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HomeCulture WarThe Bank of England’s CBDC ‘consultation’ and how to respond, Part 1

The Bank of England’s CBDC ‘consultation’ and how to respond, Part 1

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This is the first of two articles on the Bank of England’s plan for a Central Bank Digital Currency (CBDC) and why it should be resisted. Today’s article asks why the Bank is so keen on the idea.

IN January 2022, the House of Lords Economic Affairs Committee issued a report on the Bank Of England’s (BoE) fervent, yet somewhat furtive, desire to breathe life into its Central Bank Digital Currency (CBDC) or ‘digital pound’. The committee mocked the project as a ‘solution in search of a problem’ and concluded that the ‘concept seems to present a lot of risk for very little reward’.

The mere fact of a House of Lords Committee being unconvinced of the case for a retail CBDC is not the main reason to reject the concept. Those of us who have observed the transition over the last three years from the pretence of democracy to bare-faced authoritarianism need no confirmation from the House of Lords that CBDCs are an evil to be avoided at all costs. But the fact that a bunch of Lords, Baronesses and Viscounts – the most unlikely candidates for a financial system rebellion – have poured cold water on the scheme ought to tell us that the BoE is on a hiding to nothing in terms of building credibility for its project.

Why the cynical ‘ ’ around the word ‘consultation’ in the title of this piece? Well, in line with the increasingly authoritarian trend in government ‘consultations’, all the BoE’s consultation questions presuppose that its CBDC project should be implemented; it seeks opinions only on how this should happen. Disappointingly though unsurprisingly, it provides no option to reject the proposal in its entirety, which is of course highly undemocratic. They’re not asking whether you’d like to be punched or not. The parameters of the debate have been limited to asking you whether you want a black eye or a bloody nose. That is the meaning of ‘democracy’ today in the West. (Those ‘ ’ again.)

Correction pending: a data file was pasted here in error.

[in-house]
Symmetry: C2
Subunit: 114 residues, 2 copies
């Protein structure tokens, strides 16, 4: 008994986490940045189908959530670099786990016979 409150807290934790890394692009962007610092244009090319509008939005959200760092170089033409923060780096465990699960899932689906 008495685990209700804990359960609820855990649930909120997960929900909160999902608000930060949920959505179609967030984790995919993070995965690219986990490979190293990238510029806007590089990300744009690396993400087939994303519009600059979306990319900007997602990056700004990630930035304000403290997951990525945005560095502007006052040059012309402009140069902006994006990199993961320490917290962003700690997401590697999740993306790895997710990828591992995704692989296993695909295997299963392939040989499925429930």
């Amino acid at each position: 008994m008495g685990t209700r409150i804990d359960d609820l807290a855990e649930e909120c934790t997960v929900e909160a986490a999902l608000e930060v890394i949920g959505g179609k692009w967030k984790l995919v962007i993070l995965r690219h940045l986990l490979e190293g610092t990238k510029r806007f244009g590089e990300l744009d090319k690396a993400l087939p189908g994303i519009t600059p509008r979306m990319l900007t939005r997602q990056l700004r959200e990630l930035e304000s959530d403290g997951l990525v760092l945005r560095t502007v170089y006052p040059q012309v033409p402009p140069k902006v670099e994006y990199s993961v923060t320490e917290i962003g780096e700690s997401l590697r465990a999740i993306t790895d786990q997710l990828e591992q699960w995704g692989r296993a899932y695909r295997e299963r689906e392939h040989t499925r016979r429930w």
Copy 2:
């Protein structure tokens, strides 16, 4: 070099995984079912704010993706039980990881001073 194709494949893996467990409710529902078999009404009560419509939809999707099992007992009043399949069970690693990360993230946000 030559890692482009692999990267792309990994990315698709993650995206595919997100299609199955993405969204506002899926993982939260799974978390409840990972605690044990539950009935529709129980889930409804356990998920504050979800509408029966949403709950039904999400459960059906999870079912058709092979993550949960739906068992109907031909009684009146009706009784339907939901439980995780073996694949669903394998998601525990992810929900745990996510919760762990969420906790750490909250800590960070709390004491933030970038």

The authoritarian framing of the ‘consultation’ is a clear indication that the BoE plans to do exactly as it pleases. So, the purpose of registering dissent in this disingenuous ‘consultation’ is to create a historical record of our rejection of a financial system the chief purpose of which will be to restrict our freedom. If we can register a majority of responses rejecting a CBDC, its subsequent roll-out will provide proof, if it were needed, of just how smoothly our glorious ‘democracy’ is working. And who knows – if we can inundate the BoE’s inbox with a flood of firm rejections, it may spark a movement that leads to a victory over the BoE mafia.

If you agree on the need to completely reject a CBDC, I have provided a template for a response to the BoE’s digital pound consultation paper.

Here is the link to that template with instructions on where to email it. The deadline for responding is Wednesday June 7, 2023.

If, on the other hand, you think that a CBDC might not be such a bad thing, I hope you’ll read this article and reconsider.

A solution in search of a problem

I must commend the House of Lords Economic Affairs Committee on its report caption – ‘a solution in search of a problem’ – which adeptly summarises the BoE’s clumsy attempt to sell a product that only it and no one else wants or needs. To grasp this, you need  understand only two simple facts. First, a CBDC would not even begin to address any of the economic or social problems that we face. Second, a CBDC poses grave threats to consumers. In other words, as far as solutions go, it’s an emphatic lose-lose. When put like this, the whole concept seems incredibly stupid. That’s because it is. I’ll try to explain this lose-lose equation before going on to speculate on why the financial geniuses at the BoE are so keen on it.